Once the situation has been appropriately handled, the gap in the crowd closes and all eyes turn to the now very cramped stage. Brendan is sporting a rather excellent semi-acoustic guitar whose sound holes are shaped like the Wheatus stylized ‘W’, and yells out a quick hi to the crowd before asking what we want to hear. Now, I knew that for the rest of the tour they’d been taking requests, but I simply wasn’t ready for how far they would go – this night, we had an entirely crowd-curated set list. Mixing hits with B-sides, never before heard-live tracks and the band working their asses off to keep a 63 song repertoire live in their heads, is one of the coolest things I’ve ever seen at a gig.

Starting out strong with ‘Pretty Girl’ and then my yelled suggestion ‘Leroy’, I am already absolutely delighted to be here tonight, Brendan’s voice sounds fantastic despite the recent illness, until he has to stop for a short cough-break after ‘Semolina’. “That’s the sound of pneumonia… it’s not Covid, I tested negative five times! This is just regular sick. See they love that!” he laughs as the crowd cheers.

Swigging from a paper coffee cup he quips “I’m actually completely drink and drug free, so when I get the chance to have medicine and 4 shots of espresso, I take it, woo! But yeah don’t do drugs, especially don’t do cocaine it fucks up your nose then you can’t sing the girl part to teenage dirtbag.”

Flowing into ‘Truffles’ with an extensive solo on the end, it’s more like we’re earwigging on a jam session than at a gig, I can’t rave enough about how collaborative and interesting it feels to not just be played *at*. “That was some lead singer gratuitous bullshit there… I decided I’m not a good guitarist halfway through.. was it OK? You don’t have to cheer you know” Brendan says, underestimating a UK crowd who immediately 180 to giggled booing instead. “Oh bollocks” he replies in a British accent.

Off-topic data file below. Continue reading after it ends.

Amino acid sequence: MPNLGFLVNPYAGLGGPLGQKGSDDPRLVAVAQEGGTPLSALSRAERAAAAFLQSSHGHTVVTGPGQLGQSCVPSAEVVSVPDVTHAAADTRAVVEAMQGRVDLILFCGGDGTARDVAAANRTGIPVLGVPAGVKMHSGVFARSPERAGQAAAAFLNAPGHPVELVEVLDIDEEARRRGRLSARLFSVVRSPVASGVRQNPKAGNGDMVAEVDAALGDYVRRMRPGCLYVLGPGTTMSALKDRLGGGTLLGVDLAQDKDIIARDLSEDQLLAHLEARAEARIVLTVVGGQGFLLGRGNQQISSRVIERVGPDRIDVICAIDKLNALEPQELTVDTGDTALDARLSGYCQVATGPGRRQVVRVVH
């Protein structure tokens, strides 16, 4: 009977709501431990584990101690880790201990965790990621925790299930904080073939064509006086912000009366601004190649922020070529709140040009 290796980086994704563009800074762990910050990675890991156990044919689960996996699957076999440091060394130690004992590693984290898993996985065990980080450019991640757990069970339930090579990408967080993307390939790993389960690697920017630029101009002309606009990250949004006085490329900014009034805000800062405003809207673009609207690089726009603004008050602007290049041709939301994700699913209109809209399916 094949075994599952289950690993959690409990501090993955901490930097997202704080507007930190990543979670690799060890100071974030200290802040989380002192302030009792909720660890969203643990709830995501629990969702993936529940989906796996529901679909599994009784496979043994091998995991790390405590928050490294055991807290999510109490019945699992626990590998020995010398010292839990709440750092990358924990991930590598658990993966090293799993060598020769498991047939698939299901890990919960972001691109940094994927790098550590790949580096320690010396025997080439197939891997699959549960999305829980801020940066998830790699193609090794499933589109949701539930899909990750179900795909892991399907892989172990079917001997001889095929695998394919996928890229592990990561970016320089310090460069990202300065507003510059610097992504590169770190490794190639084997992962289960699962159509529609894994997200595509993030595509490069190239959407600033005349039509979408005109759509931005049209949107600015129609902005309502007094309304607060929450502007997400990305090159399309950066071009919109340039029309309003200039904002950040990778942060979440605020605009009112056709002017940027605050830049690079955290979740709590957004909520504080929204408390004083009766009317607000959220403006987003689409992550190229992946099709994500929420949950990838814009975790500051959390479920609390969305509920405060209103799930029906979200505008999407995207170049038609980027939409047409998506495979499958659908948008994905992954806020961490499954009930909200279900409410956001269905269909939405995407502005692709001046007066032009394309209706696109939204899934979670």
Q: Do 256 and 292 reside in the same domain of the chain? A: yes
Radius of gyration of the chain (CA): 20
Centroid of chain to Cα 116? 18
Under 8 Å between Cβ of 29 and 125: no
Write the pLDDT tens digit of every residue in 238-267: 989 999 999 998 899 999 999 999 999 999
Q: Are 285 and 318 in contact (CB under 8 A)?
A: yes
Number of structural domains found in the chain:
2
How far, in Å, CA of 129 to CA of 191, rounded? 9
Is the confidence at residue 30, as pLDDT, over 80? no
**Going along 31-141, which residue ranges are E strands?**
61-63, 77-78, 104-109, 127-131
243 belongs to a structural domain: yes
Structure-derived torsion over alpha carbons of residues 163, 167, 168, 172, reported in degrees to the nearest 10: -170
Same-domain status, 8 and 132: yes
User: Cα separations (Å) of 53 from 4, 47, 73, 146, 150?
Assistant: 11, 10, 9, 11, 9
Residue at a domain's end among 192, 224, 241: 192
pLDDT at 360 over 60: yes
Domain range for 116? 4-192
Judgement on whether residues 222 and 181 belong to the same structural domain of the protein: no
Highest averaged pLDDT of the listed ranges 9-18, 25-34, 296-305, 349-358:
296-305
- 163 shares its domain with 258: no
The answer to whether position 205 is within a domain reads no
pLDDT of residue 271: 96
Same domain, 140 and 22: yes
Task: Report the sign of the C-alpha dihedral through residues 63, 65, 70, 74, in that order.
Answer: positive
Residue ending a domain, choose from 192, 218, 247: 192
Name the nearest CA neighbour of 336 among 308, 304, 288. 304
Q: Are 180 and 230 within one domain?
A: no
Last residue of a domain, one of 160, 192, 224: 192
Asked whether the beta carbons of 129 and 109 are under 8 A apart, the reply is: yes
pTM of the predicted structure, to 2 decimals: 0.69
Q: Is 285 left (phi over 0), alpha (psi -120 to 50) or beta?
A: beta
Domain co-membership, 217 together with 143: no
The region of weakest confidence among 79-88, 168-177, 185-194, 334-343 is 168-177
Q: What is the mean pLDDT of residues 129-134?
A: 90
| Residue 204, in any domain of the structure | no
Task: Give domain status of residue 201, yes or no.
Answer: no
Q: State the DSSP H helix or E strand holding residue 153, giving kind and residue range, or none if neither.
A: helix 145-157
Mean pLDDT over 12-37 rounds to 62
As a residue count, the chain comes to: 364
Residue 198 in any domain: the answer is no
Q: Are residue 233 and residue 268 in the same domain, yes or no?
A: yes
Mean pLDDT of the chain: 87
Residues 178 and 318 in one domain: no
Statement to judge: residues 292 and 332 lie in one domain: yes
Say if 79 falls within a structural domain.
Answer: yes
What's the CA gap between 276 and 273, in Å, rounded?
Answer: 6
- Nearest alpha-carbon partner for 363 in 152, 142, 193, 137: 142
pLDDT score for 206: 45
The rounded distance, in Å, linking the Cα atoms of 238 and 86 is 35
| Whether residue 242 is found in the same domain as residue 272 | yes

‘F.B.S.M’ comes with a side story about how this forgotten song was rebuilt due to Neil (in the crowd)’s shitty flip phone recording at a previous gig, which of course galvanizes the record-everything crowd to hold their phones aloft for ‘Temporary Song’. It’s irritating in a small room, and they’ve memorised all 63 of these songs already my guy, put your phone down and enjoy the music.

Perhaps in karmic response, suddenly the stage goes dark as the lighting desk goes kaput and a very frantic fiddling begins to try and fix it. ‘Tipsy’ is played in a blueish twilight (totally useless for the iphone videographer crew, ha), but apparently Saviour tech ‘Archie’ manages to harrass a new board in place before ‘Hump’em n’Dump’Em’ which then morphs into some sort of disco rave situation. Following this, a full crowd karaoke ensues for their hit cover of Erasure’s ‘A Little Respect’, which is weirdly poignant on this Remembrance Sunday, amid the news of Gaza – “We can make love not war”.

When someone yells out ‘Punk Ass Bitch’ I expect to be singing my head off, but they instead play their alternate lyrics version written for Jackie Chan’s Adventures, called ‘Chan’s The Man’. It’s cute, and again something unique… but I am damn well singing the OG lyrics over the top.

‘Marigold Girl’ is a bit of an emo dirge, but you know – so am I, so I liked it. “This song is about a Zombie apocalypse. This is my dead people song. This is a tour first, we haven’t done this yet in the 46 other shows we’ve played, it’s the only one we haven’t played so we’re gonna complete it”. Up next, ‘Sunshine’ is the absolute antithesis of the previous song and it sounds every bit as excellent as teenage me thought it might, back in 2000, listening on a silver CD walkman.

‘Wannabe Gangstar’ has everyone singing along again, into ‘Whole Amoeba’ and when someone yells out “PLAY THE LEICESTER SONG” the band quickly whip up a few bars of funk and call it ours. ‘London Sun’ and ‘Lemonade’, are two of my favourites that aren’t from their debut album and for a final show set of a long tour, plagued by illness and extensions – I am surprised and awed that the band continue to sound this good.